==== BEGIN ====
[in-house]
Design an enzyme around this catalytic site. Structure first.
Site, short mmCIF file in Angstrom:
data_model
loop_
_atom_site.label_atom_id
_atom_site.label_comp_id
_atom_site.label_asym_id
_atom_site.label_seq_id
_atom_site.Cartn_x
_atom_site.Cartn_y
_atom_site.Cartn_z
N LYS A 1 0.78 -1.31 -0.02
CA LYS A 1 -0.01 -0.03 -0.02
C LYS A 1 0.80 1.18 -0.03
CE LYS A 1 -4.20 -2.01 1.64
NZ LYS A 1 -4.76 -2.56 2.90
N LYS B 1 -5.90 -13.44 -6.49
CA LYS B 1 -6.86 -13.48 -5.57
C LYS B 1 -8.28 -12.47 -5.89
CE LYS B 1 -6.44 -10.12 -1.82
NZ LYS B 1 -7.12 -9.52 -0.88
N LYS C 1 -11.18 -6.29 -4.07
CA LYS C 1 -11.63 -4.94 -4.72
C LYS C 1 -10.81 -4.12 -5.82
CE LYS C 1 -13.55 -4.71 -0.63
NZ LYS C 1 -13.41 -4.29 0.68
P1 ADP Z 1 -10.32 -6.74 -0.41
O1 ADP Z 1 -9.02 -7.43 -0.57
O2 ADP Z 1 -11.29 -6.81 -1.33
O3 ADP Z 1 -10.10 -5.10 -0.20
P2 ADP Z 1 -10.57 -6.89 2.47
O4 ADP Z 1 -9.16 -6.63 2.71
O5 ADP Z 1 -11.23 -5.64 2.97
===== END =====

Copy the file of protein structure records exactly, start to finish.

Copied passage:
[in-house]
Design an enzyme around this catalytic site. Structure first.
Site, short mmCIF file in Angstrom:
data_model
loop_
_atom_site.label_atom_id
_atom_site.label_comp_id
_atom_site.label_asym_id
_atom_site.label_seq_id
_atom_site.Cartn_x
_atom_site.Cartn_y
_atom_site.Cartn_z
N LYS A 1 0.78 -1.31 -0.02
CA LYS A 1 -0.01 -0.03 -0.02
C LYS A 1 0.80 1.18 -0.03
CE LYS A 1 -4.20 -2.01 1.64
NZ LYS A 1 -4.76 -2.56 2.90
N LYS B 1 -5.90 -13.44 -6.49
CA LYS B 1 -6.86 -13.48 -5.57
C LYS B 1 -8.28 -12.47 -5.89
CE LYS B 1 -6.44 -10.12 -1.82
NZ LYS B 1 -7.12 -9.52 -0.88
N LYS C 1 -11.18 -6.29 -4.07
CA LYS C 1 -11.63 -4.94 -4.72
C LYS C 1 -10.81 -4.12 -5.82
CE LYS C 1 -13.55 -4.71 -0.63
NZ LYS C 1 -13.41 -4.29 0.68
P1 ADP Z 1 -10.32 -6.74 -0.41
O1 ADP Z 1 -9.02 -7.43 -0.57
O2 ADP Z 1 -11.29 -6.81 -1.33
O3 ADP Z 1 -10.10 -5.10 -0.20
P2 ADP Z 1 -10.57 -6.89 2.47
O4 ADP Z 1 -9.16 -6.63 2.71
O5 ADP Z 1 -11.23 -5.64 2.97